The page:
s
Journal
  • Marunui and Bennetts
Marunui and Bennetts

The Brynderwyns

The Brynderwyns form a familiar and splendid backdrop to Mangawhai and the surrounding rural land.  The native forest covering much of the southern face has significant biodiversity values.  It is a habitat for many indigenous plants and animals, some of them threatened and rare. The streams contain Hochstetter’s frog, longfin eel and other aquatic species.  Birdlife includes kaka, tomtit, bellbird, NZ Pigeon, tui and fernbird as well as more common species.

Marunui Conservation

In 1987 a 423ha property on the southern slopes was purchased for conservation purposes by Katherine and Teddy Goldsmith.  It came to be called Marunui and the private company formed to manage it is Marunui Conservation.  Eighteen shareholders own the land in common and all is covenanted in perpetuity with the Queen Elizabeth Second National Trust.

With a vision to conserve and protect the natural values remaining and to restore those lost, we have gradually implemented programmes to control animal pests.  Collectively, possums, mustelids (ferrets, stoats, weasels), rats, feral cats and pigs harm native plants and animals.  Flowers, fruits and seeds are eaten;  birds and their chicks are killed and their eggs taken.  After a determined effort over many years pests have been reduced, forest health improved and bird numbers increased.

 Kiwi arrive

Kiwi had been absent from the Brynderwyns for nearly 50 years, having been wiped out by ferrets, stoats, cats and dogs.  It was part of our vision to bring them back and we thought this might be possible in a managed area such as Marunui.  In 2012 we were approached by the Department of Conservation and encouraged to apply for a kiwi translocation.  The standards are high and the approval process long but finally, on a brilliant sunny day in April 2013, fourteen Northland brown kiwi arrived to an enthusiastic community welcome.  Speeches were made, blessings given, waiata sung, hundreds of photos taken and later that historic day, as night fell, the birds were quietly set free in their new home.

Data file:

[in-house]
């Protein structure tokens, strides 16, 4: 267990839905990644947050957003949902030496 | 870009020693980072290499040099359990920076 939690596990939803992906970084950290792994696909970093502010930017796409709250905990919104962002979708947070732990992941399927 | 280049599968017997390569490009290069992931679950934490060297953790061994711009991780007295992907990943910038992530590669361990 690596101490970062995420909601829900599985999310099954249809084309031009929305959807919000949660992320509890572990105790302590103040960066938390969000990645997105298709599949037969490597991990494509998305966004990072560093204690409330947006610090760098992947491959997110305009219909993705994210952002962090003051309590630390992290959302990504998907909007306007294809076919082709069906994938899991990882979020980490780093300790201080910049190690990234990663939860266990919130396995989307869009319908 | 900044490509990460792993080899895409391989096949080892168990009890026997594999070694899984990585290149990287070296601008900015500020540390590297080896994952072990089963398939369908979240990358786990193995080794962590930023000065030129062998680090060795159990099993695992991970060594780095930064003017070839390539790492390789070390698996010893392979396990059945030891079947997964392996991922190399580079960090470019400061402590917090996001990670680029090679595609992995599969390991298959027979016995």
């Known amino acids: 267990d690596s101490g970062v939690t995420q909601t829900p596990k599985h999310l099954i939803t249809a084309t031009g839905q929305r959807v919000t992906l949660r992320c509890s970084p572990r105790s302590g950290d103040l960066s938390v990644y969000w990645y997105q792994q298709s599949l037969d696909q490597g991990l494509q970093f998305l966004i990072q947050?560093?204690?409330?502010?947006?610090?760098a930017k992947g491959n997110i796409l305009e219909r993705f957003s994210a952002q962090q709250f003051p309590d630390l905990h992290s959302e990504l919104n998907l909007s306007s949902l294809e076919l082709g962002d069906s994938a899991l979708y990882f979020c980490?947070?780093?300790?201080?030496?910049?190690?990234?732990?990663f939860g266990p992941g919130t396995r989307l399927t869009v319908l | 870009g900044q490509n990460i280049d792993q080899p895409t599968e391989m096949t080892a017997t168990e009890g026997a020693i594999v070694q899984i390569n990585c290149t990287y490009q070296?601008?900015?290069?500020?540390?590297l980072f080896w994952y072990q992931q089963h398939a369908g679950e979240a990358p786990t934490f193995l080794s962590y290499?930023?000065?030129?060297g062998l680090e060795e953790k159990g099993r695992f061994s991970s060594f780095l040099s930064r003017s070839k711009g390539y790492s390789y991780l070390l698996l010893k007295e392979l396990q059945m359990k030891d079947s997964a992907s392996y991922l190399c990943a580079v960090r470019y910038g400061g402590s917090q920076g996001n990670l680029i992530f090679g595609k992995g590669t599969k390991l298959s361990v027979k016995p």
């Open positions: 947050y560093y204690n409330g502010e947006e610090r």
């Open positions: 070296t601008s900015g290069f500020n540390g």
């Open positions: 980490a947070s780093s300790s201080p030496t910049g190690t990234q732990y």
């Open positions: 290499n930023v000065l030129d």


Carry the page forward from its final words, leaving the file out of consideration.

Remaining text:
Since then pairs have formed - Poppy and Motu, Speckle and Tamatea, Morton and Aroha, Ora and Anzac - names chosen by iwi, Mangawhai Primary pupils, the Cadets and others.  Teddy and Goldie, from Matakohe/Limestone Island, have bonded.  Rangiora, Ariki, Tahuhu and Beverley became the parents of chicks in December 2013, the first to be hatched in the Brynderwyns this century.

With kiwi comes responsibility.  All have been tracked, recaptured for transmitter changes and health checks.  Predator control must be maintained to a high level and this has been achieved with the willing assistance of local volunteers.

 Chocolate kiwi eggs

Since the release the local community has embraced the kiwi as their own.  It was a thrill to hear from Mary that Bennetts of Mangawhai wanted to support Marunui Conservation in our efforts to protect these treasured birds.  To this end a 200g chocolate kiwi egg in a specially designed box has been created and $1 from every egg sold will be donated to Marunui’s work.

 To celebrate and acknowledge this gift we arranged for a small release of kiwi in April 2014 attended by Mary and her staff.  They chose the names Tiaki and Kōkō for two birds and Mary, Toni and Paul helped carry their crate to the release site.  A special relationship has begun between Bennetts, Marunui and the kiwi.

The survival of Northland brown kiwi depends on efforts of groups like ourselves, the support of the Department of Conservation, the generosity of volunteers lending a hand, and people like Mary and her team who have committed to the cause.  By working together we can make a difference and help save the kiwi.

 

         Catherine Hawley
         Managing Director
         Marunui Conservation